Could trams return to the streets of Glasgow?

Trams on Sauchiehall Street, Glasgow, 1910. Image: Hulton Archive/Gety.

History has a funny way of repeating itself, and transport in UK cities seems to be no exception. As our cities grew during the industrial revolutions many built extensive tramways as an industrial means of transport.  They then went through a metro-midlife-crisis, seduced by the apparent freedom offered by the motor car. We did not get that freedom: instead we found sprawl moving us further apart, negating any mobility gains for those who could afford their car while creating barriers through our cities to everyone else. 

As our cities emerge into another stage in life, so too are we re-examining how we support people to travel through and within them. Manchester, Edinburgh, and Nottingham have cracked on with rebuilding tramways. Glasgow is catching up having established a Connectivity Commission “to generate bold, fresh ideas to transform Scotland's biggest city; making it a more liveable and breathable place”. Among these bold fresh ideas is the re-introduction of trams to Glasgow, once the home of one of Europe’s largest and busiest tram networks. But how did Glasgow go from a tram-city to a motorway-city? And how could the city move forward to support inclusive transport for the people?

The only remaining light rapid transit in the city is the Glasgow Subway, the third oldest underground system in the world, which forms a 10.5 km circular route. But two decades prior to beginning construction of the Subway, the UK Parliament passed the Tramways Act of 1870, which set out to “facilitate the construction and regulate the working of tramways". It allowed district councils to construct tram lines under the clause that private companies be given the operating lease for a minimum of 21 years. 

In 1872, Glasgow Town Council (later Glasgow Corporation, now Glasgow City Council) laid a four-kilometre route from St. George' Cross, north of the River Clyde, along the Jamaica Bridge to Eglinton Toll in the south side. The tram lines had an unconventional track gauge of 1,416mm compared to the standard gauge 1,435mm. At the time, Glasgow was a centre for shipbuilding: the unusual gauge allowed for heavy rail wagons to run on short sections of the tram lines to carry freight to the shipyards.

The council handed working responsibility of the tramway to the newly formed Glasgow Tramway & Omnibus Company (GTOC), which operated horse-drawn wagons. Its tenure expanded in 1893 when it took over the neighbouring Glasgow and Ibrox Tramway and the Vale of Clyde Tramway in Govan. 

One year later, Glasgow Town Council withdrew GTOC's responsibility for the network after their minimum 21-year lease, as per the Transport Act 1870, expired. The tramways were taken into public ownership in the form of Glasgow Corporation Tramways in June 1894.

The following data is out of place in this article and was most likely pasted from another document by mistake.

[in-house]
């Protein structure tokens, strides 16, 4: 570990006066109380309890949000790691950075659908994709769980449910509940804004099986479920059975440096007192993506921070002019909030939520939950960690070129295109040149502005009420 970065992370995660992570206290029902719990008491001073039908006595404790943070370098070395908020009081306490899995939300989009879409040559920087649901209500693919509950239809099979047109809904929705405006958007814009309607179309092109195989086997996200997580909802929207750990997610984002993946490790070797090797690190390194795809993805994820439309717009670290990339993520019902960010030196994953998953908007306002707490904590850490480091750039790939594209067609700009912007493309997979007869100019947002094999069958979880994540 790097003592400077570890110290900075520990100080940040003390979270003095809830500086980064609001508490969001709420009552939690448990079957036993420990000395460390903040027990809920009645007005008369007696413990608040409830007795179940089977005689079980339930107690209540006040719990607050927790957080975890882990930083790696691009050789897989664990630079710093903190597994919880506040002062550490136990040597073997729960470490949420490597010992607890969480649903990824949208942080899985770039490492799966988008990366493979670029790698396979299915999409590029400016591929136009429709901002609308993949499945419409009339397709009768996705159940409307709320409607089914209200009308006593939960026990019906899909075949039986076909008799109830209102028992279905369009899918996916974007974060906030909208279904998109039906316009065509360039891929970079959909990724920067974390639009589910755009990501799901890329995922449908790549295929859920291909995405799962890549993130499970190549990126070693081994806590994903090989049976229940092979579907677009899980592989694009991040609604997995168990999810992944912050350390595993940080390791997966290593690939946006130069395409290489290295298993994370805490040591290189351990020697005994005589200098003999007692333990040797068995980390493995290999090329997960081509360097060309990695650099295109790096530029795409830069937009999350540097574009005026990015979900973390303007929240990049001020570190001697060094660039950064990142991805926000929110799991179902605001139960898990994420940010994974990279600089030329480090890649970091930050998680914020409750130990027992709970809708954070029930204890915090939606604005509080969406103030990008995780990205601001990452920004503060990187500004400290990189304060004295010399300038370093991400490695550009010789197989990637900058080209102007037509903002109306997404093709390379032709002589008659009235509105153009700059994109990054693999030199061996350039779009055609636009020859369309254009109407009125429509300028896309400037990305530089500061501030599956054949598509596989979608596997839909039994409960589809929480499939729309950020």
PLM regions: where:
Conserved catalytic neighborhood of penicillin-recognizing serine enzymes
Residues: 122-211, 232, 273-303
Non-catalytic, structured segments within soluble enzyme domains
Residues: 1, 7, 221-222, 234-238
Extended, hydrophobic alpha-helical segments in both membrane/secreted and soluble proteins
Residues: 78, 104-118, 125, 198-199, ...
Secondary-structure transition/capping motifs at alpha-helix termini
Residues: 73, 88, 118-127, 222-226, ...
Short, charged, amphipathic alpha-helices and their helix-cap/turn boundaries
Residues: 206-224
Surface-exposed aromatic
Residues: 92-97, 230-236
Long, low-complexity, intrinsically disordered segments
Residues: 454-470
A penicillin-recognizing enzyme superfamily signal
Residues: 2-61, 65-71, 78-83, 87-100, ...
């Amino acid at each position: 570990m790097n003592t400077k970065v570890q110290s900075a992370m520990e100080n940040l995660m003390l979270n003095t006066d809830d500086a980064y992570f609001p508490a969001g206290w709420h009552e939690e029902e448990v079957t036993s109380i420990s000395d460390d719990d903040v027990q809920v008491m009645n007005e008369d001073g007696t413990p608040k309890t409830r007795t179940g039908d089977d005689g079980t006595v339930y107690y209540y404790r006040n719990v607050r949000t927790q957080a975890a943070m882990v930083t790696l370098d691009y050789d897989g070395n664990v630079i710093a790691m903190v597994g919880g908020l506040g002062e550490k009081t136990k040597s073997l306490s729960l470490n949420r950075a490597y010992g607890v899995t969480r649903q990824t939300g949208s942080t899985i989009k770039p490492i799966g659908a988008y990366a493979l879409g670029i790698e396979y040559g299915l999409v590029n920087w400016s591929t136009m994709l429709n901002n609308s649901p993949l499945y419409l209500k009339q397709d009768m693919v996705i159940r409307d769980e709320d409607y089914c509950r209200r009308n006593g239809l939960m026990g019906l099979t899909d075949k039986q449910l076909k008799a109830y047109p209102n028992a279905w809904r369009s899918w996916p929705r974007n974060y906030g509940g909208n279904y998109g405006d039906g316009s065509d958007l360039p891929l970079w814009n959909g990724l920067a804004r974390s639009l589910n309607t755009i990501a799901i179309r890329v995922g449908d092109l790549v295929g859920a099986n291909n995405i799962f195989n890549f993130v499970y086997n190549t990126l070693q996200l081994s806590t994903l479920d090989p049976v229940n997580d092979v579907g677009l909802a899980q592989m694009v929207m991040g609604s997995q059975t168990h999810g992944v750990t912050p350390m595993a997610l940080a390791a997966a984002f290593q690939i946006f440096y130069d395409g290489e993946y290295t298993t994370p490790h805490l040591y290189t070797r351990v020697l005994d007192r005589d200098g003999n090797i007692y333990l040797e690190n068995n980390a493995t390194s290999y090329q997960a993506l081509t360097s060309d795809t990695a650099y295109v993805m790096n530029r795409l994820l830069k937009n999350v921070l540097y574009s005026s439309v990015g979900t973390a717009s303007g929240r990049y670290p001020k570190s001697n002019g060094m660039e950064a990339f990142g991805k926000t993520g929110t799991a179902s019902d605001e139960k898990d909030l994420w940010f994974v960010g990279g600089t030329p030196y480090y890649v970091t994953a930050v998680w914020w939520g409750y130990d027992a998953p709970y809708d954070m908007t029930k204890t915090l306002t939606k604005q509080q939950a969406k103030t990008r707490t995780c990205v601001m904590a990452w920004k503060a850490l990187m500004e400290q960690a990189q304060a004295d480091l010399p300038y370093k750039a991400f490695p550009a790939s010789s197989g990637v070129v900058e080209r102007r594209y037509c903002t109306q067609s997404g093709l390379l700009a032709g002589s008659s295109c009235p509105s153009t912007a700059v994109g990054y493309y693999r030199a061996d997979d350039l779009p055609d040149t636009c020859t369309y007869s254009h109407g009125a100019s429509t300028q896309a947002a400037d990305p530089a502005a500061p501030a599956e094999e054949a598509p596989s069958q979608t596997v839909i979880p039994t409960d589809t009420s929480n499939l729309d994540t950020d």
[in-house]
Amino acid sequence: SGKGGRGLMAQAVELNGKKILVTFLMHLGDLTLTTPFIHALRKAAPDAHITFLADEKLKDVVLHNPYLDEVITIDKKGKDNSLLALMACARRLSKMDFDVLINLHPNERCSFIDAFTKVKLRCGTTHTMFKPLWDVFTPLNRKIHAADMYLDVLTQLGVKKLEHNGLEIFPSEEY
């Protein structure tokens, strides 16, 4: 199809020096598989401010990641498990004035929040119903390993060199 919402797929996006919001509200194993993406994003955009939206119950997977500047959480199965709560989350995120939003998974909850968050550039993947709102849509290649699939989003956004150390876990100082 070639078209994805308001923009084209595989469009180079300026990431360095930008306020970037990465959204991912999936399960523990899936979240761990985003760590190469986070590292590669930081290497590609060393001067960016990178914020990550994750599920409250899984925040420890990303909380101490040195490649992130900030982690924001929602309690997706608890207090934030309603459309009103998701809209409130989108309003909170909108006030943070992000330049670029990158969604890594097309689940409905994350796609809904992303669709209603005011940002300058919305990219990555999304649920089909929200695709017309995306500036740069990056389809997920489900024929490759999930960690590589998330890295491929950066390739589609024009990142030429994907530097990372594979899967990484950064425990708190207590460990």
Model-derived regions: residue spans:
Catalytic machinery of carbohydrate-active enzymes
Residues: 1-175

The Corporation oversaw the electrification of the tramways in 1898 and the last horsedrawn tram was retired in 1902. By 1938, Glasgow had one of the largest tram networks in Europe, with more than one thousand trams operating on a total of 227 kilometres of track. The tramways served a vast population of the Clyde Valley with routes running to towns, such as Clydebank and Bishopbriggs, more than 10 kilometres outside the city centre. 

A map of the Glasgow tram network in 1938. Click to expand. Image: Glasgow Museums.

The frequency of trams on certain routes was regularly one every 2-3 minutes with some stops in the city centre witnessing trams, of varying routes, every 12.5 seconds. But despite the people’s love for their tramway, the system would eventually reach the end of the line. From 1953, the network was gradually reduced in size and frequency until, in the September of 1962, more than a quarter of a million Glaswegians took to the streets to watch the last tram car pass through the city. 

The demise of the trams was evoked by various factors and parties. From the end of the World War I, private car ownership was increasing across Britain. Buses manufactured for the transport of troops during the war were later sold to private companies who became direct competitors to the tramways. Trams were seen to impede on the freedom of private car owners in the city: the authorities believed that removing the tramways and replacing them with buses would allow for easier transport in and around Glasgow. People who had previously used the trams were expected to transfer to buses: all the same, the end of the trams fuelled a sharp rise in car ownership during the 1930's and 1940's. “After the second world war, their fate was sealed and urban planners were obsessed by car based redevelopment of war damaged cities, a vision which never included trams on urban motorways or roundabouts,” notes Oliver Green, former curator of the London Transport Museum.

Trolleybuses, which used the same overhead power lines as the trams but weren't bound by fixed rails, were the initial successors to the tramways in Glasgow. They operated on the same routes as the previous trams but were considered safer and more convenient for other road users, as they could pull into the side of the road to let passengers alight. The first trolleybuses began in April 1949, but were short-lived: the service was scrapped in 1967, in favour of diesel-powered buses. 

One consequence of the tramway closure was a fall in gender equality in the Corporation workforce. During the First World War, woman were allowed to become tram drivers for the first time, as well as guards and conductors, and this continued after the war until the tramways closed. But woman were considered to lack the necessary strength to steer buses which, at the time, had no power steering.